Europe had been in turmoil during the early 1800's with Napoleon doing his best to make it all French, and eventually, after his defeat at Waterloo on June 18th. 1815, thousands of English soldiers were 'out of work' and the economic climate in England plunged dramatically, with riots common-place, as all these men tried to fit back into a society that had no room for them.

In 1825, my g.g.g.g.-grand-father volunteered to leave England and to come to Australia as a private - a soldier-guard -  in the 57th. Regiment, and, on completion of his service in 1829, he opted to take his discharge at Cornwall (Launceston) in Van Diemen's Land (Tasmania) before moving to George Town as an overseer of convicts and it was where he settled and married and raised a family - and had a few of William IV's coins in his pocket.



William IIII (IV) and his daughter Victoria's - copper English pennies.


He lived long enough to admire the young Queen Victoria on the few coins that briefly passed his way - and for her to have been on the throne for a little over twenty years, when he passed away in late March 1858.

When another of my English great-great-great-grandfathers, also part of my father's side of the family,  William Robert Taylor, landed here in 1828, as a 22 year-old passenger on the prison ship 'William Miles' after having his death sentence - for stealing goods from a dwelling house - commuted to a life of luxury here in the colonies, he would probably only have remembered the coins of George III and George IV from his mis-spent youth in England. (See previous article)

It would have been doubtful that he would have had much access to the coinage of William IV during his early days in Tasmania, but as time - and his sentence - passed, a conditional pardon and freedom on September 23rd. 1840, meant that at least he might have managed to look at a limited amount of Queen Victoria's Young Head.

However, after marrying the overseer's daughter, Mary-Anne Allen -  and raising 15 children.-  any coins would not have lasted long in his household.

Before he died of 'Paralysis and Congestion of the Lungs' in late March 1873, he may have even seen the Queen Victoria's Jubilee coins.


Another great-great-grandfather, my grandmother's grandfather, Thomas Fox, who was born in Lancashire in 1821, would have hardly even known the coins of George IV, and as he was only 9 years old when William IV inherited the monarchy he certainly wouldn't have had access to those coins either  - but he certainly would have handled Queen Victoria's 'Young Head' coins here in Tasmania.

He lived to see her 'Jubilee' coins and her 'Veiled Head' in old age -  and he outlived her son, Edward VII, by 7 months - to die on Christmas Day 1910.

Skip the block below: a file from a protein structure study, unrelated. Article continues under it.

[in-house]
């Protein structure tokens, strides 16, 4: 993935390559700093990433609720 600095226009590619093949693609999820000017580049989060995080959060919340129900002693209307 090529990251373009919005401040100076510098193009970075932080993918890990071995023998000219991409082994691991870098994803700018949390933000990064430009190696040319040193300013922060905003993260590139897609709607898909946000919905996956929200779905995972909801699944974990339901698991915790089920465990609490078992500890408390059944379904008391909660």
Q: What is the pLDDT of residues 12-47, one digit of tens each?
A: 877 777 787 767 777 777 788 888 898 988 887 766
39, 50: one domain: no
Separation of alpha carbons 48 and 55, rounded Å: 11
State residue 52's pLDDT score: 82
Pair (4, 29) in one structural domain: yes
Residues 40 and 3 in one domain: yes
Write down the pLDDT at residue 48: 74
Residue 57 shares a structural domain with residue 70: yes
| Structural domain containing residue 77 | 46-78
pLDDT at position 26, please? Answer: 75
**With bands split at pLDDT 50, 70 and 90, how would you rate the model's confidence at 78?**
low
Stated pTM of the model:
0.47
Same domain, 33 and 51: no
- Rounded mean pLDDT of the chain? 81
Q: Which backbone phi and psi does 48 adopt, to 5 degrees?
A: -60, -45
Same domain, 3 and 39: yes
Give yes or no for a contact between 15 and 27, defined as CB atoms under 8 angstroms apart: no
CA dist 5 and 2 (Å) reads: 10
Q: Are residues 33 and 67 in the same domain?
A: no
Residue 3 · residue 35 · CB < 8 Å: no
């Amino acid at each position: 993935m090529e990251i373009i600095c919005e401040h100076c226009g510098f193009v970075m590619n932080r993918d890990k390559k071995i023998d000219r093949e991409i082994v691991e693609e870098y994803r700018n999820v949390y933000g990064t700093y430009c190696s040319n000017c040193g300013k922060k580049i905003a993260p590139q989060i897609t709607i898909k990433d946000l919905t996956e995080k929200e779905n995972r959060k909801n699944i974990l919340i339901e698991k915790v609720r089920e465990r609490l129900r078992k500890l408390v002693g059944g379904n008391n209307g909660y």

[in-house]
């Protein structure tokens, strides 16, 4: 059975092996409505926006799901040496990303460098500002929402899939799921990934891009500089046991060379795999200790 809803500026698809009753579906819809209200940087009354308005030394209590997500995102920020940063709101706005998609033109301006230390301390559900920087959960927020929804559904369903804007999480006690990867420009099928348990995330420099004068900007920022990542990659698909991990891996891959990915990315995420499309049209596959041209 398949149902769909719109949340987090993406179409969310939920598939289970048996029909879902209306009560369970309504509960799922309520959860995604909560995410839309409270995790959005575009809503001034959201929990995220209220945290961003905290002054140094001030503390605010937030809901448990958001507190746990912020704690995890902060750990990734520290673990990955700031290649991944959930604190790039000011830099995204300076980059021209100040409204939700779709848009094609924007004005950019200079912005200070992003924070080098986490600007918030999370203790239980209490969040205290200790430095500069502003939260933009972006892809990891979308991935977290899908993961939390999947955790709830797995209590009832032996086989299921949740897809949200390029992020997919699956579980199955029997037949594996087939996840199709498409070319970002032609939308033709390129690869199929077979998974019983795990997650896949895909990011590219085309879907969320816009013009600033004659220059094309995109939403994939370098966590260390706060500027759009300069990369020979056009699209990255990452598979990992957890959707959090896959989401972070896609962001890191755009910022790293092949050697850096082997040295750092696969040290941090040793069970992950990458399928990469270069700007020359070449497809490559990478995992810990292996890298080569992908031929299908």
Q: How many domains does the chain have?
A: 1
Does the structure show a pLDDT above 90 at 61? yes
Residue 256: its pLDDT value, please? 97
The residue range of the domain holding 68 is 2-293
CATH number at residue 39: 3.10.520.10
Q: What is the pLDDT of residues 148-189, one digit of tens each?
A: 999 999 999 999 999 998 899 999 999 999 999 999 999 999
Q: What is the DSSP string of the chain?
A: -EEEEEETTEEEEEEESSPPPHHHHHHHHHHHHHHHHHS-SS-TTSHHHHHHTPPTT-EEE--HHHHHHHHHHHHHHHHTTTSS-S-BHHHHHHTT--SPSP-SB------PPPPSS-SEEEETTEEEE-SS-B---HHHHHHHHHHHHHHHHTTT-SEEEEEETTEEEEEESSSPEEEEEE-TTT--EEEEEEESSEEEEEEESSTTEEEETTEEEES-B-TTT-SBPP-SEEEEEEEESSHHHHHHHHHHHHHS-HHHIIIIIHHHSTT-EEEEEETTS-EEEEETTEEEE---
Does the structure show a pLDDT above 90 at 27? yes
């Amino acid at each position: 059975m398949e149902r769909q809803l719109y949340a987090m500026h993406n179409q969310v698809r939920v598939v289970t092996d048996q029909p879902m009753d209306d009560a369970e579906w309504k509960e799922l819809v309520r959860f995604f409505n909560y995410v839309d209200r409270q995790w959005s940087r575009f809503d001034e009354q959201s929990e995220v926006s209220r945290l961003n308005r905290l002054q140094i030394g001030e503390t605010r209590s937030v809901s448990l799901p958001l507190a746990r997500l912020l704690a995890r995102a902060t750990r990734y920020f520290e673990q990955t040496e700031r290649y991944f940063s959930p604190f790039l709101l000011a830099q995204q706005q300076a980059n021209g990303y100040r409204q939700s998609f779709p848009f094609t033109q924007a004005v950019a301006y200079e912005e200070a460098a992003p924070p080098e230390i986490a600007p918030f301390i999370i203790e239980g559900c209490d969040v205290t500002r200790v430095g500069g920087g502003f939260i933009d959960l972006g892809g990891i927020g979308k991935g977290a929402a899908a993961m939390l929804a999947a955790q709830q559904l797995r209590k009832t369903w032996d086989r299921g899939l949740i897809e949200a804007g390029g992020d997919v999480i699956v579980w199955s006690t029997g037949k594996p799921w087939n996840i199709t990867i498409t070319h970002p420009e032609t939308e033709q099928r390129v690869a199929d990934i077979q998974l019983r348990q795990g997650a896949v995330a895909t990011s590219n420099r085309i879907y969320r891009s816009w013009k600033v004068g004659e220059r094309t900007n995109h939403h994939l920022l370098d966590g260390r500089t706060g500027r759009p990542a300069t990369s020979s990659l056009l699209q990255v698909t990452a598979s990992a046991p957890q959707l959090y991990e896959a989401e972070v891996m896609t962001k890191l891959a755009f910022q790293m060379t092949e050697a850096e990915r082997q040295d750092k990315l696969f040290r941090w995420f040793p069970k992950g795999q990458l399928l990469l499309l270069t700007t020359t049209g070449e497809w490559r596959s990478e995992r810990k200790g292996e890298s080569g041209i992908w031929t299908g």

His family of 13 offspring, and his wife, shared in the little he had left them, before many of them headed off to make their fortunes in the greener financial pastures of Victoria.



Queen Victoria 'Jubilee' Head and 'Old' veiled Head; King Edward VII - bronze English pennies.


My great-grandfather, John Daniel Fox, - my grandmother's father - was born in late June 1866 in Tasmania, and worked as a Tasmanian and Victorian railwayman and then a stationmaster for many years. He would have been very familiar with Queen Victoria's 'three heads', as well as the new Australian version of Edward VII's and George V's shillings - but he would survive his wife, who died in 1948, and spend the last few years of his life mourning for one of his eight sons who had accepted George VI's 'Shilling' to fight the enemies of England and the Commonwealth during WWII..

My great-grandfather's remaining 7 sons and 5 daughters, gradually scattered throughout Victoria and Tasmania.


Great-uncle Clyde (aka Colin), earned his day's pay the hard way, when part of the Australian Army met the Vichy French at Khalde Radio tower near Beirut on 10th. July 1941 and he was one of those who didn't survive this encounter. He is buried near there.

(Pictorial History of Australians at War 1939 - 45. Volume 2.   Australian War Memorial Publication 1957.)



After serving his apprenticeship at Elizabeth Town and working at Lilydale and Launceston, one of my grand-fathers - my father's father - married one of the daughters of John Daniel Fox in 1911 when he was 26.  My grand-mother - aged 22 at that time -  had stayed behind in Tasmania and had found employment as a maid at a large private hotel in Launceston. (I often wondered, years later, why she was so 'fussy' with her home-duties)

My grand-father was a wheelwright and blacksmith by trade, and may have seen the odd Queen Victoria's Jubilee Head Shilling, as a boy on the farm at Longford, Tasmania where he was born in 1885, but life was hard then and it would be a case of earn it - but it always needed to be spent to survive!

As his expertise with wood and metal was recognised, the opportunity arose to actually put some of the new Australian coins of Edward VII and George V aside after he met his bride-to-be, during the early years of their happy marriage - and after they started a small family.


1910 King Edward VII .925 Fine Silver Australian Shilling


Grand-father decided to set up his own business, as a Master Blacksmith and Wheelwright, in  Launceston, near the banks of the North Esk River and for some years all went well and he was able to have his own house built near the historic Launceston City Park - which overlooks the river.

His choice of position for both his business, and his home,  proved to be very unfortunate!

The Great Flood of 1929 was a disaster that was unforseen due to a set of tragic circumstances.